Professional athletes spend thousands of hours over their careers watching videotape of themselves and competitors. That's because athletes know reviewing tape of players in action can help improve their performance.
Players and their coaches also rely on statistics from previous games to identify and map a plan for addressing opportunities and trouble spots in upcoming matches. In other words, statistics and tapes are critical tools for focusing on the things athletes can control and for being better prepared for the things they cannot.
Business owners and top executives can also "watch their tapes" and gain insight from their stats in order to increase sales and make more money. But a recent survey by Pepperdine University finds that a third or more of small businesses aren't doing basic financial analysis. In many cases, they're not preparing an annual budget, reviewing key performance indicators or having financial statements audited or reviewed.
And while 85 percent of businesses with revenues less than $5 million report having the desire, drive and enthusiasm to grow, only 45 percent say they have the necessary resources (such as people and money) to grow, according to the survey of 682 business owners for the Pepperdine Private Capital Project's 2015 Capital Markets Report.
Dawn Fotopulos, author of "Accounting for the Numberphobic" and associate professor of business at The King's College in New York, called these statistics "eye-popping crazy" for what they imply about how owners manage their businesses.
"Financial statements represent a marriage of what is working in the business and what is not working in the business, and if you don't review your financial statements, you are doing the equivalent of driving a car with your eyes closed," she said. "These businesses don't have the necessary resources because they don't know what they need, because they can't read their financial statements," she said. "So even though they have the enthusiasm to grow, they don't know how."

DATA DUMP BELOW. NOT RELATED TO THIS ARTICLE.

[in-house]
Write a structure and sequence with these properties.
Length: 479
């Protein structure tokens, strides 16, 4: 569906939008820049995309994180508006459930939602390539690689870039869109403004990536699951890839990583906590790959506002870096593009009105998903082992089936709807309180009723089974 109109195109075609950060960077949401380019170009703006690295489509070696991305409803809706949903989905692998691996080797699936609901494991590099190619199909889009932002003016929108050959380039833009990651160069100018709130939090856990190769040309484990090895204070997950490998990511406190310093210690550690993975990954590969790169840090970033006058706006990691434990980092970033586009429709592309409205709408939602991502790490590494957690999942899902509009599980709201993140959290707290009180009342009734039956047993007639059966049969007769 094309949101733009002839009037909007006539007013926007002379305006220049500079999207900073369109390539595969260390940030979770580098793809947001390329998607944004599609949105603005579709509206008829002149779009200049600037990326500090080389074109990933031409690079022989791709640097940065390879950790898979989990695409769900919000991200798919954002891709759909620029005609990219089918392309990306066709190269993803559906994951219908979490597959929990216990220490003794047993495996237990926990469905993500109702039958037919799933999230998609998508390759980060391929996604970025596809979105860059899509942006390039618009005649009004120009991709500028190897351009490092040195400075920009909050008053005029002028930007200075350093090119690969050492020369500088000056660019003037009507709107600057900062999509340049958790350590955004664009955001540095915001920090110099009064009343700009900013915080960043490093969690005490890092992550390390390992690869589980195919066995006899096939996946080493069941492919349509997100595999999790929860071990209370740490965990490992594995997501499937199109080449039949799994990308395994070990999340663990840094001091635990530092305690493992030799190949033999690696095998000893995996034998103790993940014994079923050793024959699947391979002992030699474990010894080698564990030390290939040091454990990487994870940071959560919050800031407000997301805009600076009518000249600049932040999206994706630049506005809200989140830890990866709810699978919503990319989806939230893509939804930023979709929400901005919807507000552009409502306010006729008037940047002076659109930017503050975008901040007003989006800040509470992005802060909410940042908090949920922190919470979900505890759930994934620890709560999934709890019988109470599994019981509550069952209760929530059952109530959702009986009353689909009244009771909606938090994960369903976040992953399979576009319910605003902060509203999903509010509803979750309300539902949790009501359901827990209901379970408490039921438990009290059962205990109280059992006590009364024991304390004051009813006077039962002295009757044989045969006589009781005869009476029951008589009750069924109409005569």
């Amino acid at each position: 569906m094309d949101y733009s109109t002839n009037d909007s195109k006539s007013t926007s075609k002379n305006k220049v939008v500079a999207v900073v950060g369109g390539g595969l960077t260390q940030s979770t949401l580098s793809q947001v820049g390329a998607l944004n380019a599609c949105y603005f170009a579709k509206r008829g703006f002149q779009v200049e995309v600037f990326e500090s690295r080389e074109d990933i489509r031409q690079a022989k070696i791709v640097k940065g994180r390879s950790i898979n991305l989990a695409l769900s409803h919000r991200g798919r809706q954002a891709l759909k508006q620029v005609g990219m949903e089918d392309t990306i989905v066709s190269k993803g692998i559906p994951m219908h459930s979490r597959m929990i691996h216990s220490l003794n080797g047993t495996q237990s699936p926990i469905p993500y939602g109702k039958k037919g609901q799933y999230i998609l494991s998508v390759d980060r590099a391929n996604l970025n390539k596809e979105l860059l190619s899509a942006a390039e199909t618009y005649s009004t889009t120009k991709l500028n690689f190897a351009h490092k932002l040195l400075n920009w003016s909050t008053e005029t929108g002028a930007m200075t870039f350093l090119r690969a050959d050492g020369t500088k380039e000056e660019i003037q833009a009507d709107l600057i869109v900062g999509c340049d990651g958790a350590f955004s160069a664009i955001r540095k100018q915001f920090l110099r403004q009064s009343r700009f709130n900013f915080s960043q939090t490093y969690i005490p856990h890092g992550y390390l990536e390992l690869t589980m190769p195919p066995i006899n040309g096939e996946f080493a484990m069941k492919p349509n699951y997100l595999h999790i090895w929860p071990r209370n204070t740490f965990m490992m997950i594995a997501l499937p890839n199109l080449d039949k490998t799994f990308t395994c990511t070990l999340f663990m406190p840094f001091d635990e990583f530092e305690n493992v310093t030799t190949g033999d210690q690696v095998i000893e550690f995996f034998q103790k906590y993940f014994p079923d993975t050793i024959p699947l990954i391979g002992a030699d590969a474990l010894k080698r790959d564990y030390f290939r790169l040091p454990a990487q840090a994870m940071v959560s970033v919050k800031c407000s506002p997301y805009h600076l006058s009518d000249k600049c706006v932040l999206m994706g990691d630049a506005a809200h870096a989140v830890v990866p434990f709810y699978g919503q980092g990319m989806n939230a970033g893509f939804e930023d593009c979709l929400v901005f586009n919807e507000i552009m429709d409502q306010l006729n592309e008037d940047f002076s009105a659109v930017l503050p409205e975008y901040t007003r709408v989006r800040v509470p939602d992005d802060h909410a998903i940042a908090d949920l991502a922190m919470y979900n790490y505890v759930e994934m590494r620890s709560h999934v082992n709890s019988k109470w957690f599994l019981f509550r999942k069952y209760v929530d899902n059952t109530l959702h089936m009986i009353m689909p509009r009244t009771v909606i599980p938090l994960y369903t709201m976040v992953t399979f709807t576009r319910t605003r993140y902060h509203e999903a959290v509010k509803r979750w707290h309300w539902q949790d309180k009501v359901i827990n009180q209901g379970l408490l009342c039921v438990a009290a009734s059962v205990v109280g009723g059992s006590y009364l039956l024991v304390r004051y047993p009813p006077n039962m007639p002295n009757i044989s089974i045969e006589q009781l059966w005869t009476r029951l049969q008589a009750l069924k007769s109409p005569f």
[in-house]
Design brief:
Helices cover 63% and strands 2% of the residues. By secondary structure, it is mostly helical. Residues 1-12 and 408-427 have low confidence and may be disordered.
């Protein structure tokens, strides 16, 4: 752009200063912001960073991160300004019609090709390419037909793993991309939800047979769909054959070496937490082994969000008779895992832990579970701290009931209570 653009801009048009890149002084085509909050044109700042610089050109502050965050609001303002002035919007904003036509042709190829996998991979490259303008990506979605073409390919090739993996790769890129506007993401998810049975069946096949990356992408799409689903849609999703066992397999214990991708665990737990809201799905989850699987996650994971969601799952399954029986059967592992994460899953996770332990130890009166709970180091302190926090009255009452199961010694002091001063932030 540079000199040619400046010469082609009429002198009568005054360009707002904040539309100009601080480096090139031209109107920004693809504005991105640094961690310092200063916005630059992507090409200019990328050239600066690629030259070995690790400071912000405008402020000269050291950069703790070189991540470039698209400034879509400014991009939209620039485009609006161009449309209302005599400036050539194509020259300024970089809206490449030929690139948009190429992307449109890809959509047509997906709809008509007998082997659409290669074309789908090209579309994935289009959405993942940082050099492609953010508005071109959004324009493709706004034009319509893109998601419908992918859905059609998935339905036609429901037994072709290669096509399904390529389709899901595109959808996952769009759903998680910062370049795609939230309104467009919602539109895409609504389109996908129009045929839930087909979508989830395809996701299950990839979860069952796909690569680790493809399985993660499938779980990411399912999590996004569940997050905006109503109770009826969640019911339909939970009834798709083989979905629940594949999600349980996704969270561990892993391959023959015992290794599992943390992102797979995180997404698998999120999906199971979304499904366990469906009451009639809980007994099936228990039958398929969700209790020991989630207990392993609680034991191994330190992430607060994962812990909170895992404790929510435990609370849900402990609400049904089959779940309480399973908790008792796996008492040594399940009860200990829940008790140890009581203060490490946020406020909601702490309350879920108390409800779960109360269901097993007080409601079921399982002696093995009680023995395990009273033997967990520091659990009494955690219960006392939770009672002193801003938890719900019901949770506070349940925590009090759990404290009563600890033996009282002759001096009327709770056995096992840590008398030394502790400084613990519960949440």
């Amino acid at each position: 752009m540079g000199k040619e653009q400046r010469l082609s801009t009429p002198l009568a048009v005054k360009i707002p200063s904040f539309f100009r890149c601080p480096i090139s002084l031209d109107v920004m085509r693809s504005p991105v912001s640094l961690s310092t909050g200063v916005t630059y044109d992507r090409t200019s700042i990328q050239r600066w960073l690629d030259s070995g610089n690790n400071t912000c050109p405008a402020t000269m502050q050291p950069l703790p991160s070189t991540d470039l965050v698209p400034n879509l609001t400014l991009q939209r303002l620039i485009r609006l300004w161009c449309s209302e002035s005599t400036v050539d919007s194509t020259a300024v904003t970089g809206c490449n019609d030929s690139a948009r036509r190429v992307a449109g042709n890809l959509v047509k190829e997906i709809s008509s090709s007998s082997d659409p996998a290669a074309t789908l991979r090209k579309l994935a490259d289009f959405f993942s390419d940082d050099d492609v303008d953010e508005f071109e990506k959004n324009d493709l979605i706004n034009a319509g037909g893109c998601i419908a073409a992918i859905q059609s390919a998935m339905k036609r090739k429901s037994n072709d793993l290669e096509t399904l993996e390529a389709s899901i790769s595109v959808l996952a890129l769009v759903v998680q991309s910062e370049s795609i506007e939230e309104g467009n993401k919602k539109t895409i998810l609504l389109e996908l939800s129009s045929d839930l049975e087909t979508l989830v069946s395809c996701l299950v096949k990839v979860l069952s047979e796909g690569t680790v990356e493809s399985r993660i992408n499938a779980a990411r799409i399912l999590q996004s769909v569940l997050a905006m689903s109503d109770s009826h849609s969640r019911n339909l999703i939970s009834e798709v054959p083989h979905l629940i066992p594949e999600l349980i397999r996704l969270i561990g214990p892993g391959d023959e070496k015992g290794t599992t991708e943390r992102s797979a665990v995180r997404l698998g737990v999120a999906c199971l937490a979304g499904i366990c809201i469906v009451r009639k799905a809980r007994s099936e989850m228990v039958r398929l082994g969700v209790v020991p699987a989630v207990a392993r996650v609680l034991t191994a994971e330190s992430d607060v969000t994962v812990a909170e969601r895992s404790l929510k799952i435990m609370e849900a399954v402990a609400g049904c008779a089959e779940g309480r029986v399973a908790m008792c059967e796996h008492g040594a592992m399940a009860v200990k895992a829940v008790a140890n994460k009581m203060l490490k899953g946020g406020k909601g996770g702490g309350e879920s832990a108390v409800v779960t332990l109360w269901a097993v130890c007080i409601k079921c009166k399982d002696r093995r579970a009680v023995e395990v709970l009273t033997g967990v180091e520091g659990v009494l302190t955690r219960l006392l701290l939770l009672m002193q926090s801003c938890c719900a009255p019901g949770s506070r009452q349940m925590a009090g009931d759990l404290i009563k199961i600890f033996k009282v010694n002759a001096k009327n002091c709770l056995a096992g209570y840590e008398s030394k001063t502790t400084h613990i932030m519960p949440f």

The best business decisions are always made based on a careful review of future conditions, according to Brian Hamilton, chairman of Sageworks, a financial information company. "Yet, it is also true that business people need to understand the past in order to be able to make their futures happen," he said. "You cannot run a business without piecing together the results of the past and gaining insight from what has occurred."
Where many business people, even good ones, go astray is that they cannot develop a good framework for future decisions, because they don't even know what is happening now, according to Hamilton. Accountants are among the financial professionals who can play a role here. "They can help business owners connect what has happened as outlined in financial statements to what the owners want to happen in the future," he said.
James Zapata, partner at MiddletonRaines+Zapata, a Houston-based accounting firm, said smaller businesses sometimes have people in their organization who are less financially sophisticated, "so they don't understand the power that financial statements can have internally and from a management perspective in terms of helping to drive and focus on areas that need improvement."
He encourages clients to look at financial statements quarterly, if not monthly. "It really helps them focus on what the core business is or can be doing," he said.
Accountants can better help manage the client's tax situation and help them plan for growing the business when the client has financial statements, whether prepared by the client or the accounting firm, Zapata said. Embracing budgets and forecasts also helps entrepreneurs plan better and manage costs, he said.
Zapata noted that only 12 percent of the smaller businesses in the Pepperdine survey reported having an outside board of directors, compared with 29 percent of firms with more than $5 million in revenue.
"Those are really low numbers," he said. "Having an outside board of directors can be a huge value add but not a huge cost." Even simply creating a peer group of people outside the organization who can share financial information and advice is beneficial, he said.
In the Pepperdine survey, 66 percent of smaller businesses and 86 percent of businesses with more than $5 million in revenues said they review key performance indicators. But Fotopulos said based on her experience talking with business owners, she would bet most owners only examine sales indicators, which provide limited information about how the business is doing.
"Most of the people I speak to... have absolutely no idea what's happening with their cash flow, for example; they have absolutely no idea what gross margin is or how to manage it," she said. "They just know that they can't pay their bills and they need to find more customers. But sometimes all they succeed in doing is scaling an unprofitable business."